News Archive

ACEP Launches Geriatric Emergency Department Accreditation Program

The American College of Emergency Physicians (ACEP) has launched its new Geriatric Emergency Department Accreditation (GEDA) program. The program is part of an effort to improve and standardize emergency care for the nation's older patients and builds on the financial support and foundational work of the Gary and Mary West Health Institute and The John A. Hartford Foundation.

"Older adults visit emergency departments at a high rate, they often present with multiple chronic conditions and face more social and physical challenges than the general population," says Paul Kivela, MD, MBA, FACEP, president of ACEP. "Seniors who visit ACEP accredited emergency departments can be assured that the facilities have the necessary expertise, equipment, and personnel in place to provide optimal care. This initiative will greatly enhance geriatric emergency care, especially in rural areas, and help ease older patients back into their daily lives after an emergency occurs."

The GEDA program promotes the goals of providing quality care for older adult patients. These include enhanced staffing and education and geriatric-focused policies and protocols, including transitions of care, quality improvement and outcomes, and more efficient preparation of the treatment area.

Kevin Biese, MD, FACEP, will manage the project. The launch of the accreditation program follows the creation of geriatric emergency department guidelines by ACEP and other medical groups that went into effect in 2014.

"The nation's emergency departments operate more like care transition hubs," Biese said in an interview featured in the Annals of Emergency Medicine. "In addition to treating acute conditions, emergency physicians have a unique opportunity to develop a more comprehensive approach to caring for older patients; reviewing and flagging concerns that help reduce future hospital stays and assisting with care transitions."

Approximately 60% of Medicare patients admitted to the hospital arrive through the emergency department, according to 2013 RAND research. Multiple studies in the Annals of Emergency Medicine note the vulnerability of older adults after an emergency visit.

"There is a tremendous opportunity to better address the needs of the 20 million seniors who visit our nation's emergency departments annually," says Shelley Lyford, president and CEO of the West Health Institute. "We're proud to partner with ACEP on the nation's first initiative to help standardize the quality of emergency care for older adults across the country. We're very pleased that the Gary and Mary West Emergency Department at UC San Diego Health is leading the way in California as the first in the state to be accredited by ACEP in recognition of its commitment to delivering high-quality, geriatric care."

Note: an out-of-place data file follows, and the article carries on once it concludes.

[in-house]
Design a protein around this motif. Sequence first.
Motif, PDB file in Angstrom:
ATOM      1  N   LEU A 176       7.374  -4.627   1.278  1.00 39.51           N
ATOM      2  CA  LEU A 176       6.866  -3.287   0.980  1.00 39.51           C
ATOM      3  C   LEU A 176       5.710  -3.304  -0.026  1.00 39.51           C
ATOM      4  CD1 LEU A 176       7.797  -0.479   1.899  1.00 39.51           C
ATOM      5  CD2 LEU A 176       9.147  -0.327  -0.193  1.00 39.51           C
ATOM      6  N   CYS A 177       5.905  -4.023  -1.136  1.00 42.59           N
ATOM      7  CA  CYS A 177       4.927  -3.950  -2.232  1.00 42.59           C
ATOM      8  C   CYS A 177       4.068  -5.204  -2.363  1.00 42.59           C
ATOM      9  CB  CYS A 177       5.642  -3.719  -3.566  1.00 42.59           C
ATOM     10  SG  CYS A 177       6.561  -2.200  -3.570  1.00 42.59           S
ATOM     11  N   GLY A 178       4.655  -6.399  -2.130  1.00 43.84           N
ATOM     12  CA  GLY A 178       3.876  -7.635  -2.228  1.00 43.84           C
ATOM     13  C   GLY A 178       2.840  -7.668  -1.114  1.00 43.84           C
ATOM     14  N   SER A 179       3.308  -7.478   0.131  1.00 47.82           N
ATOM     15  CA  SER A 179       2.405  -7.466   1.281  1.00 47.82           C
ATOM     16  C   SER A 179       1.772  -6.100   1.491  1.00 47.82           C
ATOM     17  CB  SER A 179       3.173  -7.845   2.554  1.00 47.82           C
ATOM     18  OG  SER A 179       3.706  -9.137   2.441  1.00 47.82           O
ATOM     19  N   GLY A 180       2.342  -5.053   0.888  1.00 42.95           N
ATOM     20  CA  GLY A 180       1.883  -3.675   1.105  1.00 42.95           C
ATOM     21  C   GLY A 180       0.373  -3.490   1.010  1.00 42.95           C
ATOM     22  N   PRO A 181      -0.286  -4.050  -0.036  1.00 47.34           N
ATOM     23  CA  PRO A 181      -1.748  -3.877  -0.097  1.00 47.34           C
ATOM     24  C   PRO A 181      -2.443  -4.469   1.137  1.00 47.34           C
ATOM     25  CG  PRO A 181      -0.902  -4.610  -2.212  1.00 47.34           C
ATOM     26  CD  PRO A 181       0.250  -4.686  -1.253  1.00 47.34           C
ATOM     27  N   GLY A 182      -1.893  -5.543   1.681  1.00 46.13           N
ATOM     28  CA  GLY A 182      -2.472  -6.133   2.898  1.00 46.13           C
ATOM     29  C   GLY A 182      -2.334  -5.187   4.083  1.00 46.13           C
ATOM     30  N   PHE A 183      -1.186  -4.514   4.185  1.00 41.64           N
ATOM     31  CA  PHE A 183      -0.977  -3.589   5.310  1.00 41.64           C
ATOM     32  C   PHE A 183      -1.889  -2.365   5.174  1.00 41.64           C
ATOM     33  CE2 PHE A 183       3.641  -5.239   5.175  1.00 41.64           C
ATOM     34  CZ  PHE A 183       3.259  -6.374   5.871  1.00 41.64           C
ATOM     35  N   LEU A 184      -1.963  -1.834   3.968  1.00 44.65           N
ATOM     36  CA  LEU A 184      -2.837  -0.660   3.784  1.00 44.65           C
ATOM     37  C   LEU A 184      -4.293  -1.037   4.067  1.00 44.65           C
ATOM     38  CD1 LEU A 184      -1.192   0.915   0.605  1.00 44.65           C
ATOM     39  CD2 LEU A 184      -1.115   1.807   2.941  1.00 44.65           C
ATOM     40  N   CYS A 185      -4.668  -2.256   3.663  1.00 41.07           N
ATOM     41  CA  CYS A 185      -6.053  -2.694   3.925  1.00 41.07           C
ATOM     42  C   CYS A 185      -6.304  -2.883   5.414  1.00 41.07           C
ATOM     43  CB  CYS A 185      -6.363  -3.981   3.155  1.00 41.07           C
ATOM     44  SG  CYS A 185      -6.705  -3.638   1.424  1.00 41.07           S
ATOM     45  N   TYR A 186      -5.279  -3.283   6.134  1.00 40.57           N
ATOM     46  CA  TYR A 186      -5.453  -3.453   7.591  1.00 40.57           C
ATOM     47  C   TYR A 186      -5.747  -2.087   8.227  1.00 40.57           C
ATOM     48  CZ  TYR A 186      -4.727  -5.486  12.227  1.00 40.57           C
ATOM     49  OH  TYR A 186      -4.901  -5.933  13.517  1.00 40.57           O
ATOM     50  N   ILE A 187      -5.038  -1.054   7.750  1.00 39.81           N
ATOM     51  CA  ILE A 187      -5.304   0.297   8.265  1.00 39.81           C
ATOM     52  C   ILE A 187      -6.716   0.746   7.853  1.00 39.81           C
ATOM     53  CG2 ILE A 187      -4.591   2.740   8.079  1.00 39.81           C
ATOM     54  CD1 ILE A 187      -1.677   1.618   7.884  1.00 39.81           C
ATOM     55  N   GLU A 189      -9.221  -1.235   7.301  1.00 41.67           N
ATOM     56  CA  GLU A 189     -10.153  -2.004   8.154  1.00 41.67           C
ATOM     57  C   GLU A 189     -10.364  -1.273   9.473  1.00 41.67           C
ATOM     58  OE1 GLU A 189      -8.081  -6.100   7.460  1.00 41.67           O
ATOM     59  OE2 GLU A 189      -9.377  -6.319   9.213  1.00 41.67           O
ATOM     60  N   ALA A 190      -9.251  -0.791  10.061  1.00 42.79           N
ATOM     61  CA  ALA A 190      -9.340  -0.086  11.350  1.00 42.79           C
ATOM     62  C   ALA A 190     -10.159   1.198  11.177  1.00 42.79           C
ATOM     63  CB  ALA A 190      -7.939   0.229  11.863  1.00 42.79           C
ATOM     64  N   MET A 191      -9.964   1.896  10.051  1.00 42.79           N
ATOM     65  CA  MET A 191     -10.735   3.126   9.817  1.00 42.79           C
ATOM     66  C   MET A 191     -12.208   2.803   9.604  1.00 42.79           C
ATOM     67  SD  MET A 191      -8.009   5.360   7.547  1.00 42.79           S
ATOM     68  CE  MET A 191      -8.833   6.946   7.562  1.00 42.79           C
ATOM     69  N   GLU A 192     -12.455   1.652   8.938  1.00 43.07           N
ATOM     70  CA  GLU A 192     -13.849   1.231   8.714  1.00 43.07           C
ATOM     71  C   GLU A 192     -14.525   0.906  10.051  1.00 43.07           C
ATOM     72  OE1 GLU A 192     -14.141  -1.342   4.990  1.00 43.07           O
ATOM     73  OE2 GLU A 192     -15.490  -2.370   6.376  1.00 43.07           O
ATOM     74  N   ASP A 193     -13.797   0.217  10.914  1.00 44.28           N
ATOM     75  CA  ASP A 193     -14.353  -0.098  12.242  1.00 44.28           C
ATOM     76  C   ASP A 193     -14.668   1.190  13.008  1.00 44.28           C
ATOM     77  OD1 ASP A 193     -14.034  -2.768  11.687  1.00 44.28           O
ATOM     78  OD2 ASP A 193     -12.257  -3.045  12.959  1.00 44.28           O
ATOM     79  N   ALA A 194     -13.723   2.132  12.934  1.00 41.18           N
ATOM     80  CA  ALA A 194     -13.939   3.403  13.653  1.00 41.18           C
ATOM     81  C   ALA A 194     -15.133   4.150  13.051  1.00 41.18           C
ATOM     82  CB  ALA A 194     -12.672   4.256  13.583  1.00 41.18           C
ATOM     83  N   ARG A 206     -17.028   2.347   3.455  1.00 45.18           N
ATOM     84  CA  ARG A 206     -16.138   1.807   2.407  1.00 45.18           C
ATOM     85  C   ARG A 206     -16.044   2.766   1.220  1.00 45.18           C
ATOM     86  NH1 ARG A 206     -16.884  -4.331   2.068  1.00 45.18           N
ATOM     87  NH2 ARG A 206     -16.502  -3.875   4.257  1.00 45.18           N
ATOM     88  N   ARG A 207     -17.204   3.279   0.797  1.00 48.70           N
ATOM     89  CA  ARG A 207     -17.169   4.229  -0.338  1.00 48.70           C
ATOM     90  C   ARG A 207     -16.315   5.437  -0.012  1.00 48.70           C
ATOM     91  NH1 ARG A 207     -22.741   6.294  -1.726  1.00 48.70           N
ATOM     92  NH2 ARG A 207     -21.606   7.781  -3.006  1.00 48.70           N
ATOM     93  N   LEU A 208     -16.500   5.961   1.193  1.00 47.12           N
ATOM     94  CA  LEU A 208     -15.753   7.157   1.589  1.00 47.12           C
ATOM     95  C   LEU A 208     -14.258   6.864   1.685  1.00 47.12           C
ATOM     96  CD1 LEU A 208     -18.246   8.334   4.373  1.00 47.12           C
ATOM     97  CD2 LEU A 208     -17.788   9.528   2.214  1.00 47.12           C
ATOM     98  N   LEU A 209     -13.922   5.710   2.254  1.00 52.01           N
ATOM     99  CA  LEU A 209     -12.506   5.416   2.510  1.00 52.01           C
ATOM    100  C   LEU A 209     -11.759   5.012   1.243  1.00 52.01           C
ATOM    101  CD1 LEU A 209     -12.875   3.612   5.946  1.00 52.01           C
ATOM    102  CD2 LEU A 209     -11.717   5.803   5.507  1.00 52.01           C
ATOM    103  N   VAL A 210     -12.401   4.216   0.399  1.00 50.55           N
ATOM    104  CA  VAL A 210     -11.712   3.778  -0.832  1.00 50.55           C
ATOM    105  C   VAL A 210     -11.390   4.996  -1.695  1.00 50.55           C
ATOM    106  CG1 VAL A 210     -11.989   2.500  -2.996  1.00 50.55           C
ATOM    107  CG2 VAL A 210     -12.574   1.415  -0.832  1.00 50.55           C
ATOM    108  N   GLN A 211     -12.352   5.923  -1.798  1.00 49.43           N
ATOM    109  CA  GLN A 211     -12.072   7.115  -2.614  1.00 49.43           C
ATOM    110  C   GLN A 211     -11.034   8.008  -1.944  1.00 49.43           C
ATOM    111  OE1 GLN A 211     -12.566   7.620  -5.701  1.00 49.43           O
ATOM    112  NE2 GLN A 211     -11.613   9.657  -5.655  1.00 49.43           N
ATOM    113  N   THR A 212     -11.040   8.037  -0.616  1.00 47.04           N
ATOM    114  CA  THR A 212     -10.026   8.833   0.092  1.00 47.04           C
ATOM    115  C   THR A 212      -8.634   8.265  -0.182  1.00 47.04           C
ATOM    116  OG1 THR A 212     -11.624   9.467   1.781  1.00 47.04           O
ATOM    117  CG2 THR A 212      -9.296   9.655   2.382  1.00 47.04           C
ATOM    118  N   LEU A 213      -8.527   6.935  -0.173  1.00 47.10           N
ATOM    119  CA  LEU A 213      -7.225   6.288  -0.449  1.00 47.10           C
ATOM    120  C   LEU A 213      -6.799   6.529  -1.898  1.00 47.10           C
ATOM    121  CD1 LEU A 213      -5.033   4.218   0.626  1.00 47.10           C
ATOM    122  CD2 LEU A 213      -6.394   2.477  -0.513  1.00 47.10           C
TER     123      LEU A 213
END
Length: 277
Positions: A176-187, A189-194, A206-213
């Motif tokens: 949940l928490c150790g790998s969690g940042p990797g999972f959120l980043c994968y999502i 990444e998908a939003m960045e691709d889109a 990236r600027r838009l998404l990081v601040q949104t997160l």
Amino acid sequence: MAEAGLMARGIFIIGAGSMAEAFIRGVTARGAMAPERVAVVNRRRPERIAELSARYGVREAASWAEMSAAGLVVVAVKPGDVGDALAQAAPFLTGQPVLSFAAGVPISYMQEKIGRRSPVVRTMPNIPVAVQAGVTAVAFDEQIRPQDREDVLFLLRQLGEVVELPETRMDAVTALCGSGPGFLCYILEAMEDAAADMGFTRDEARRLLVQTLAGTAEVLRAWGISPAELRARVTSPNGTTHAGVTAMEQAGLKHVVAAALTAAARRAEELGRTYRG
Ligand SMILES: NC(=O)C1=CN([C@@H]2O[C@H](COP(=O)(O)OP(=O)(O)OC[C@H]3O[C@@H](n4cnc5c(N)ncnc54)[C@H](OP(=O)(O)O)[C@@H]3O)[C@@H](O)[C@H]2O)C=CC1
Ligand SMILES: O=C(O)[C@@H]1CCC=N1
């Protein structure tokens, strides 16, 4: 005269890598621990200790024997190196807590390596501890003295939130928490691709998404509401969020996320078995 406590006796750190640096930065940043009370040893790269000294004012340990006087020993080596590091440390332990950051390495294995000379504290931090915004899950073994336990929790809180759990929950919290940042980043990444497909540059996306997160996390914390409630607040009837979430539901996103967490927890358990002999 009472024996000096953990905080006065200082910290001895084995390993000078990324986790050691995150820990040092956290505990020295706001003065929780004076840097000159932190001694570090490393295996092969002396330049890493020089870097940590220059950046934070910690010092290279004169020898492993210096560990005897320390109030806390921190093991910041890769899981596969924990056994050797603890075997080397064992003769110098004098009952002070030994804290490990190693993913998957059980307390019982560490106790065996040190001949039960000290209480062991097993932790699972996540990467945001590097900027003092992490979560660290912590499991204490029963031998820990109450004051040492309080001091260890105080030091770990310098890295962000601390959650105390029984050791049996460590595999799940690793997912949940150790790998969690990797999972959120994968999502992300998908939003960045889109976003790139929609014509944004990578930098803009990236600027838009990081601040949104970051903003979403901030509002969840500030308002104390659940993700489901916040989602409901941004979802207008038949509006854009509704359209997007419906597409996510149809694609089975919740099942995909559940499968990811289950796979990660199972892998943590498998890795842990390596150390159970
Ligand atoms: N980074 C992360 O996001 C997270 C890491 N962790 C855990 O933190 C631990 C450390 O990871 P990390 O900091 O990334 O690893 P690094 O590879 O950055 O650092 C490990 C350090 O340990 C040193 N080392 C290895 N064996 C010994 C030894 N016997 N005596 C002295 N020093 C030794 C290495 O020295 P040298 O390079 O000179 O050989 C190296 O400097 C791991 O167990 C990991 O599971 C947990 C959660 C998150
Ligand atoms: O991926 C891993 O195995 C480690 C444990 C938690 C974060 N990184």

The voluntary accreditation includes three levels (similar to trauma designations) with specific criteria and goals for clinicians and administrators. Requirements begin with demonstrating that the participating emergency department (1) includes both a physician and nurse with specialized geriatric training on staff, (2) meets environmental criteria such as easy patient access to water and mobility aids, and (3) has a geriatric quality improvement program.

Hospitals are encouraged to start at the level most appropriate for their institutions and strive to reach higher levels of accreditation over time. Accreditation provides more than two dozen best practices for geriatric care and is now available nationwide. The program will launch to the international market in the next year.

"We have seen a proliferation of so-called 'geriatric' emergency departments over the last several years, and the GEDA program will for the first time provide public assurance that these sites are actually meeting standards that can improve care and outcomes for older adults," says Terry Fulmer, PhD, RN, FAAN, president of The John A. Hartford Foundation. "We are proud to be a part of the effort."

The following eight emergency departments are currently accredited as part of the GEDA pilot program:

  • Aurora Medical Center of Oshkosh in Wisconsin;
  • Aurora Sheboygan Memorial Medical Center in Wisconsin;
  • Aurora Sinai Medical Center in Wisconsin;
  • Aurora St. Luke's South Shore Medical Center in Wisconsin;
  • Aurora West Allis Medical Center in Wisconsin;
  • The Mount Sinai Hospital in New York;
  • St. Joseph's University Medical Center in New Jersey; and
  • The Gary and Mary West Emergency Department at University of California, San Diego Health, La Jolla in California.

Source: American College of Emergency Physicians